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‘It was tough on the eye to see so much poverty, I didn’t expect it,’ admits Pat’s recruit Barrett of Cambodia stint

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Paddy Barrett of St Patrick’s Athletic during the pre-season friendly match between St Patrick’s Athletic and Cobh Ramblers at the FAI National Training Centre in Abbotstown. Photo: Matt Browne/Sportsfile

Paddy Barrett of St Patrick’s Athletic during the pre-season friendly match between St Patrick’s Athletic and Cobh Ramblers at the FAI National Training Centre in Abbotstown. Photo: Matt Browne/Sportsfile

Paddy Barrett of St Patrick’s Athletic during the pre-season friendly match between St Patrick’s Athletic and Cobh Ramblers at the FAI National Training Centre in Abbotstown. Photo: Matt Browne/Sportsfile

A wanderlust has seen Paddy Barrett spend only limited time in his native Waterford since he left home at 16 to join Dundee United.

But the much-travelled footballer, now 27, was so shocked by what he saw in his limited time as a player in Cambodia earlier this year that he was unable to settle and took a path back to Ireland, with a move to St Patrick’s Athletic.

Just before Christmas, Barrett ended a three-year spell in the USA and signed for Preah Khan Reach Svay Rieng, a club in Cambodia managed by an Irishman, Conor Nestor. But Barrett was unsettled from the start and left without playing a competitive game, answering a call from Stephen O’Donnell, his former team-mate and housemate at Dundalk, to come and play for St Patrick’s Athletic.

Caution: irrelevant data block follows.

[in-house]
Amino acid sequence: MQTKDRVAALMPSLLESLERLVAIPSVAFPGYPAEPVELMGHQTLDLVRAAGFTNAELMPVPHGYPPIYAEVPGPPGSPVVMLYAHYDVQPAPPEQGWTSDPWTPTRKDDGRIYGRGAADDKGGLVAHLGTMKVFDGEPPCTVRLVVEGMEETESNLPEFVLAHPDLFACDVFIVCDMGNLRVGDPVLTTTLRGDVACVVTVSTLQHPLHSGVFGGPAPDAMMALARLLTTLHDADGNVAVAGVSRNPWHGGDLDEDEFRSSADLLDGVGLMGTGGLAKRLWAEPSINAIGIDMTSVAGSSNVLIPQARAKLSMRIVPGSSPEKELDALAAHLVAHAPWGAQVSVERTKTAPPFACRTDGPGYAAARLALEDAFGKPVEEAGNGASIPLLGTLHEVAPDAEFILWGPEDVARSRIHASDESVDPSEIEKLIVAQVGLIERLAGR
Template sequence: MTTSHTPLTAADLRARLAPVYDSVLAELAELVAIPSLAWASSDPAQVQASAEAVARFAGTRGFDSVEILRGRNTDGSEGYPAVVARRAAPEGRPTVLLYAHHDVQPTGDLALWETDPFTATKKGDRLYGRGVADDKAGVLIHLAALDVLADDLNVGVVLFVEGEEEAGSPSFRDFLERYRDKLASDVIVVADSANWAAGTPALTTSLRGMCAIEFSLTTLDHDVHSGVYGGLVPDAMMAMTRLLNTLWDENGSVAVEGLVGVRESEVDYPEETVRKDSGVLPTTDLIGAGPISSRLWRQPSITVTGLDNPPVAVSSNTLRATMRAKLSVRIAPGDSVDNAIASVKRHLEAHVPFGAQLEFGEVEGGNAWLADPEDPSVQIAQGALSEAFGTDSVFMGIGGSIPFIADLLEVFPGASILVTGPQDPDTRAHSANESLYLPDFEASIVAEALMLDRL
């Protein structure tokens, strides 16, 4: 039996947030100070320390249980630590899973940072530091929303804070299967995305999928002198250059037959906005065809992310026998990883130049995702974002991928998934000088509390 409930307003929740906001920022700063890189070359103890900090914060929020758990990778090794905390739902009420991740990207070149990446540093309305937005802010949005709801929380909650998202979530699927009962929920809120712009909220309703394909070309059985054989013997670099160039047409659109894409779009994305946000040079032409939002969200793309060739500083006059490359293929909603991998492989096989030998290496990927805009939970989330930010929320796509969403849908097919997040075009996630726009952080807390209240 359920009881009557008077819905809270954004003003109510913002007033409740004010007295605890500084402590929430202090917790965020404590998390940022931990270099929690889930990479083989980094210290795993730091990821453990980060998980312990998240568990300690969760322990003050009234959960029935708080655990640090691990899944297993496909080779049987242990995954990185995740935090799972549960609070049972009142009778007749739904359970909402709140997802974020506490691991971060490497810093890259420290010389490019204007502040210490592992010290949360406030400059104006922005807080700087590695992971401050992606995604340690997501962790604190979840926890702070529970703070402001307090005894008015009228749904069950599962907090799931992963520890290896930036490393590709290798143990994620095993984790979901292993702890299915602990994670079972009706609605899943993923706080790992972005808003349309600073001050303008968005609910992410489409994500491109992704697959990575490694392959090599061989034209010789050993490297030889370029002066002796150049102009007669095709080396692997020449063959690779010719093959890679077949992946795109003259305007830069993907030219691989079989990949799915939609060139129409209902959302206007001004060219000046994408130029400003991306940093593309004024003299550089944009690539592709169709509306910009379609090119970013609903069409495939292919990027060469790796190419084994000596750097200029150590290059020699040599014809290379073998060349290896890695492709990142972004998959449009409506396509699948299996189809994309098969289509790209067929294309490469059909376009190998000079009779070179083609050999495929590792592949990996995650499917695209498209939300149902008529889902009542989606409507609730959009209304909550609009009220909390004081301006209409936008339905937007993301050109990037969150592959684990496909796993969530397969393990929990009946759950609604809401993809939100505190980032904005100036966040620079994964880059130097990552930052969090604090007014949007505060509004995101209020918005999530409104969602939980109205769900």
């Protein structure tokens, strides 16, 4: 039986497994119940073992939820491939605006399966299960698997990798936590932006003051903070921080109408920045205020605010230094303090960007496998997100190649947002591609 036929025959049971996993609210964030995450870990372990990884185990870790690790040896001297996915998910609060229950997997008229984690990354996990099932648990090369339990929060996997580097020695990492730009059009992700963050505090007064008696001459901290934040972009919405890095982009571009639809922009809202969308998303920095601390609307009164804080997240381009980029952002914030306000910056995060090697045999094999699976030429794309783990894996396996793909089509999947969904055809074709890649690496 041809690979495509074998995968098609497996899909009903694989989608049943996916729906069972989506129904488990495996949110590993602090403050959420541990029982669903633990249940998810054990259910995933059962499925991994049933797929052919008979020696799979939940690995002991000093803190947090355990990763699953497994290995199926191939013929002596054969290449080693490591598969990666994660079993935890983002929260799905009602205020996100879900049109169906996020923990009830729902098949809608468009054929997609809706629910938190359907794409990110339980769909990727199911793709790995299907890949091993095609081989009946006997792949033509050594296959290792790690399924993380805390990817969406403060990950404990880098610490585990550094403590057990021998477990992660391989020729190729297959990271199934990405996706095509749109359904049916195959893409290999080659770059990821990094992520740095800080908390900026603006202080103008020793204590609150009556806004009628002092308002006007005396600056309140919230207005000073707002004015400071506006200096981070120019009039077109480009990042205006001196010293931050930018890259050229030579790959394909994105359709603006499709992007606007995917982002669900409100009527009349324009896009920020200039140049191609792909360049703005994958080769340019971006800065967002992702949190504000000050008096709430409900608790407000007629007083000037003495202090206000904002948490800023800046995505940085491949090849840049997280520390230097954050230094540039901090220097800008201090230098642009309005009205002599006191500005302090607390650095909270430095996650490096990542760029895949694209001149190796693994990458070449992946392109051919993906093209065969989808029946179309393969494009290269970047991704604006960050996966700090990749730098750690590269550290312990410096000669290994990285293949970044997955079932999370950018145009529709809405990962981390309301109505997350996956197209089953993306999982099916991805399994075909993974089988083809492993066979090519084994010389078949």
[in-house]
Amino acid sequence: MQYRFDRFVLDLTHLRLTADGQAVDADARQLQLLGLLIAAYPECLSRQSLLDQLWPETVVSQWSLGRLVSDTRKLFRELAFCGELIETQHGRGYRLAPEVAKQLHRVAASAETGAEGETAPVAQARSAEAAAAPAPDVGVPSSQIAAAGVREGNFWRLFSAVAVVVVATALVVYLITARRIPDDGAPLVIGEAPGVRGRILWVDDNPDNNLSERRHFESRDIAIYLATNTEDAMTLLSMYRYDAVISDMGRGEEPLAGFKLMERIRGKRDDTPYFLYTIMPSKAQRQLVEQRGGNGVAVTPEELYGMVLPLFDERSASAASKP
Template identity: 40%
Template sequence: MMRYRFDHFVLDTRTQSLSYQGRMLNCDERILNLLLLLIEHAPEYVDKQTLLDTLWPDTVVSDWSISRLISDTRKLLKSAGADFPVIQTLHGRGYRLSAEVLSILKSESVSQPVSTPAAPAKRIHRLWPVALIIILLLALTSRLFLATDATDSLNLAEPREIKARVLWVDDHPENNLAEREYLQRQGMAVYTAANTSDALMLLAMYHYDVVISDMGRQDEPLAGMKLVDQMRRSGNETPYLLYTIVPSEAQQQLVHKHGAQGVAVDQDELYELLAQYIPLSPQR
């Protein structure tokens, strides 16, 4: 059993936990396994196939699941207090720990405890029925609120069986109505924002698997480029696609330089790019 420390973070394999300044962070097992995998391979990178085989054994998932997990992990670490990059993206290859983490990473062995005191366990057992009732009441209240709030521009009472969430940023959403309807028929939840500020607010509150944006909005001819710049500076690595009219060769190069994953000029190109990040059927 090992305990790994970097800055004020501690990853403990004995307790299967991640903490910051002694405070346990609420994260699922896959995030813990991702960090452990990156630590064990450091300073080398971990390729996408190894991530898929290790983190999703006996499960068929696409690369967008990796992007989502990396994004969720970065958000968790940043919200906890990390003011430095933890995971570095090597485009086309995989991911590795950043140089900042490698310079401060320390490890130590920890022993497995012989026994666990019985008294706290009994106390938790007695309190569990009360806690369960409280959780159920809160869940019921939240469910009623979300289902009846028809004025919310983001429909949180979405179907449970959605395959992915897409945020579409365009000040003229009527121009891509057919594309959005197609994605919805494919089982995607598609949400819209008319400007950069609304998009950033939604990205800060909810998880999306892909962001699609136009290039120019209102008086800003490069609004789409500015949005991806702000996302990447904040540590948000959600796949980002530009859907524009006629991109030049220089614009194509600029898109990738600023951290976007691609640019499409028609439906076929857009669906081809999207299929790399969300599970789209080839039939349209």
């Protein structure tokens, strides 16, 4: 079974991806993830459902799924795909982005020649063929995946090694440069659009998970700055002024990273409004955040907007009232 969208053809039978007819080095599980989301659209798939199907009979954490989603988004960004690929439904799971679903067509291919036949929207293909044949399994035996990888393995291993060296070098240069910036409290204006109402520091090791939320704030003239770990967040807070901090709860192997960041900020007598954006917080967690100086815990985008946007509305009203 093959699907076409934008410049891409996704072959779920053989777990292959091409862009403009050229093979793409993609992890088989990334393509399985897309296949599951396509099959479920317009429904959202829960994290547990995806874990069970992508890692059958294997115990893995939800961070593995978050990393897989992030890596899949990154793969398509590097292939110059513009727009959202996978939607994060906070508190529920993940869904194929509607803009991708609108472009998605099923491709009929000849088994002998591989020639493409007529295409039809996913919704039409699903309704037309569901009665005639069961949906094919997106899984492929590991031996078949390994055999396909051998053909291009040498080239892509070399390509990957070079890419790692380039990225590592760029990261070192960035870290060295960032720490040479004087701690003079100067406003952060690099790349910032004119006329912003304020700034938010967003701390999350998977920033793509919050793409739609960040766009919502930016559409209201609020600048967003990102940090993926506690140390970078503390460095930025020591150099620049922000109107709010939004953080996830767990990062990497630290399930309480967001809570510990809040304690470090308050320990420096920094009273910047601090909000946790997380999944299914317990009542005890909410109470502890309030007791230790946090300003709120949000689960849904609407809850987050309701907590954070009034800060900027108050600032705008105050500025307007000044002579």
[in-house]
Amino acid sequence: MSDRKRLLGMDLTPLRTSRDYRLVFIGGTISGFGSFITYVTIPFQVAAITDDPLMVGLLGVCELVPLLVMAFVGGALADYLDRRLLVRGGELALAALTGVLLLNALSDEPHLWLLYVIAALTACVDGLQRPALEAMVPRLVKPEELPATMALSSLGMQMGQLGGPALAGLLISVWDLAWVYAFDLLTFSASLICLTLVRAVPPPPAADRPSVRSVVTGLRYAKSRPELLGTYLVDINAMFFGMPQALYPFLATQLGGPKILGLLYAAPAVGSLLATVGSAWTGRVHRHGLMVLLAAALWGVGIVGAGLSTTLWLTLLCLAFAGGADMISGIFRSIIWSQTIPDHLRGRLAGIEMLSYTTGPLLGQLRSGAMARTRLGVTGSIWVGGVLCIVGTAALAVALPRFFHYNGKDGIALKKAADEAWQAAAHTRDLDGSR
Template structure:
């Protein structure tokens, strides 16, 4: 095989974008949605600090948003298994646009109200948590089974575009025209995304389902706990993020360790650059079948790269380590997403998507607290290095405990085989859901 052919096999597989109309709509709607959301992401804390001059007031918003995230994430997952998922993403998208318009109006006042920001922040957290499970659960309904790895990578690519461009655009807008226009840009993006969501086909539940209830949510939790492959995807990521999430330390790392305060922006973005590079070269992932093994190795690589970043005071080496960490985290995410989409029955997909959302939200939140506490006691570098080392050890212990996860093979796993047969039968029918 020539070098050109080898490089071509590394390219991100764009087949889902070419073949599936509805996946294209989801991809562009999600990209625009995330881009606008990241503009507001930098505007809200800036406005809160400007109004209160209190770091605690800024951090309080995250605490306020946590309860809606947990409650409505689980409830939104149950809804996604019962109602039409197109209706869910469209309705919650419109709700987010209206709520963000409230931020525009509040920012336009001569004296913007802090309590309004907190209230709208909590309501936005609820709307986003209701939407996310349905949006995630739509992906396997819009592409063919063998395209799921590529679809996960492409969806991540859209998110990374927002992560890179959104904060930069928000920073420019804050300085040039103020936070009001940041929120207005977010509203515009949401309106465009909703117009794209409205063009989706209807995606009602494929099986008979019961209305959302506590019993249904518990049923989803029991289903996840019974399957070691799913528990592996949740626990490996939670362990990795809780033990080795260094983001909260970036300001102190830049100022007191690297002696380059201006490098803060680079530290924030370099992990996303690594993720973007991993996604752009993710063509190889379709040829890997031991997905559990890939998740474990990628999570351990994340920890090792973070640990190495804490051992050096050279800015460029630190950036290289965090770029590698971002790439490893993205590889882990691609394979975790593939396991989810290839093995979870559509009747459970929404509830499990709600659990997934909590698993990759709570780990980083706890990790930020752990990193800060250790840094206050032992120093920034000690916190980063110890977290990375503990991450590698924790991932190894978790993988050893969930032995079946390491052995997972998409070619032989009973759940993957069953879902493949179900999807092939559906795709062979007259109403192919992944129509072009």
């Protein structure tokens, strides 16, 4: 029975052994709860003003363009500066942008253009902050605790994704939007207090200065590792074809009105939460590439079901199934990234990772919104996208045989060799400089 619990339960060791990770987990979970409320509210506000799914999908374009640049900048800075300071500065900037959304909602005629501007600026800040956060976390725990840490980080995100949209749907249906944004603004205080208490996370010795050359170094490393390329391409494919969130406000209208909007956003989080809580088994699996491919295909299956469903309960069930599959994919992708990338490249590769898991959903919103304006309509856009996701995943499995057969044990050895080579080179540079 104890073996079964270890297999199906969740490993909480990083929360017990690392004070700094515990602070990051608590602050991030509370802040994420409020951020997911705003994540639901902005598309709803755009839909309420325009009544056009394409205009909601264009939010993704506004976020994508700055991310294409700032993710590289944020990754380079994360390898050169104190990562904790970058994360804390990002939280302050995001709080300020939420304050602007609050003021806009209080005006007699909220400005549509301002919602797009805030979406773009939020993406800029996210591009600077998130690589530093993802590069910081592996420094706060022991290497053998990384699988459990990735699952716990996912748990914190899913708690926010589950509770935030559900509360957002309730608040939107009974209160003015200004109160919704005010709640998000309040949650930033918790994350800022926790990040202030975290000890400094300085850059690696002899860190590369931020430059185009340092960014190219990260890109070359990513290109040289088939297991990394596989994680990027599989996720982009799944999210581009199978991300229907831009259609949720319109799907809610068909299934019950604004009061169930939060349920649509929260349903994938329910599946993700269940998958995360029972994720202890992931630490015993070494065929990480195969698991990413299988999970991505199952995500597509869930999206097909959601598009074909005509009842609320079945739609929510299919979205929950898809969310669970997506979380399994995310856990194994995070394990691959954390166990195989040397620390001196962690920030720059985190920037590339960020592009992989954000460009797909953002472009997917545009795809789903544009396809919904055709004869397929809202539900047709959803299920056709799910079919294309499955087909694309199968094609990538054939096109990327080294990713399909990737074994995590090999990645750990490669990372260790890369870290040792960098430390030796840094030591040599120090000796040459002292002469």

The language barrier was a major problem as was the red tape involved in football there: “If you want to sub on a foreign player, you have to take off a foreign player, so they look after their local players.”

But the former Dundalk man was also unsettled by the reality of daily life for locals. “I was there just over two months and numerous things over there weren’t for me. It was tough on the eye to see so much poverty and I didn’t expect that as much as I did,” Barrett says.

“Obviously it’s a third world country. It was difficult, that side of it, away from the football side. The biggest standout for me was mostly the kids. To see so many kids with no shoes on. You see it on TV but when you see it in person, it goes deep in.

“It’s very sad to see three and four-year-old kids walking around with no clothes, no shoes and their parents walking alongside them like it’s normal.

“Going towards the football side, it was difficult with the language barrier and the different all round – around the club, the players, it was difficult to communicate with people. It’s your job, an everyday thing so you want to feel comfortable. You want to feel that happiness every day and it wasn’t there for me. This career is short and there is no point dwelling on it and hoping it gets better. I decided it wasn’t for me at that time and I wanted to come back home. I’m delighted to be back.”

One of eight new arrivals at St Pat’s, Barrett hopes to settle in easily from his knowledge of the league (spells with Waterford, Galway United and Dundalk) as well as an intimate knowledge of fellow Saints: while at Dundalk he shared a house with current team-mates Robbie Benson and John Mountney and manager O’Donnell: “The three lads being here made it easier for me to make the decision to sign.”

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